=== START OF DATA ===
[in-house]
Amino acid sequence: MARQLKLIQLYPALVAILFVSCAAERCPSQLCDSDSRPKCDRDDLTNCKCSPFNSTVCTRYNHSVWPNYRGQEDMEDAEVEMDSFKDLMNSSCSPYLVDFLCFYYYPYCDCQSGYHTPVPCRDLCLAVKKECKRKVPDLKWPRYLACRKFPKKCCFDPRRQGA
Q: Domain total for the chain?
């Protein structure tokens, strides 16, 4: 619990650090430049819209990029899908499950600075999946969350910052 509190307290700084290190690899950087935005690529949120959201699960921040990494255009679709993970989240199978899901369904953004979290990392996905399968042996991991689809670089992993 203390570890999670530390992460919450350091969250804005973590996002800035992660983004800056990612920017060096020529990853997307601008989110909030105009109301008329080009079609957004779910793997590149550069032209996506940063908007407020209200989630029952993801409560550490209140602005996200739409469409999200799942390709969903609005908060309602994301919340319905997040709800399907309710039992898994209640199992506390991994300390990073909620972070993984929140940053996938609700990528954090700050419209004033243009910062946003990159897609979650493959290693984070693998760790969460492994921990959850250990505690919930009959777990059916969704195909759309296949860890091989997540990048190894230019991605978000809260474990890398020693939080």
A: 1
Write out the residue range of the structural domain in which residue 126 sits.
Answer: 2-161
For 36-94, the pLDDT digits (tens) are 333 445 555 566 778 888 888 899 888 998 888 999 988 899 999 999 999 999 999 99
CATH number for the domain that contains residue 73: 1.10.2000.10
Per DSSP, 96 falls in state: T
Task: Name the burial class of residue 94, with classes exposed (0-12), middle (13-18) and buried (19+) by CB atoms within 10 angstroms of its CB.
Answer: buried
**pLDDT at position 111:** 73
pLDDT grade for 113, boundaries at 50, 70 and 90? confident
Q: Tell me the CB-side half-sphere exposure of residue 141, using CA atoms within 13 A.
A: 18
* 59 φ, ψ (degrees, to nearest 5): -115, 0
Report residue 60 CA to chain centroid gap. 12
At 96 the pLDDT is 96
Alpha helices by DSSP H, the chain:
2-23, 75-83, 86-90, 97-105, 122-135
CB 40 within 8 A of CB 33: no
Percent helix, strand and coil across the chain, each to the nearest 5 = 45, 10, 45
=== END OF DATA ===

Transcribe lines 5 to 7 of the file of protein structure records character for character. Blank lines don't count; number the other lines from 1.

A: 1
Write out the residue range of the structural domain in which residue 126 sits.
Answer: 2-161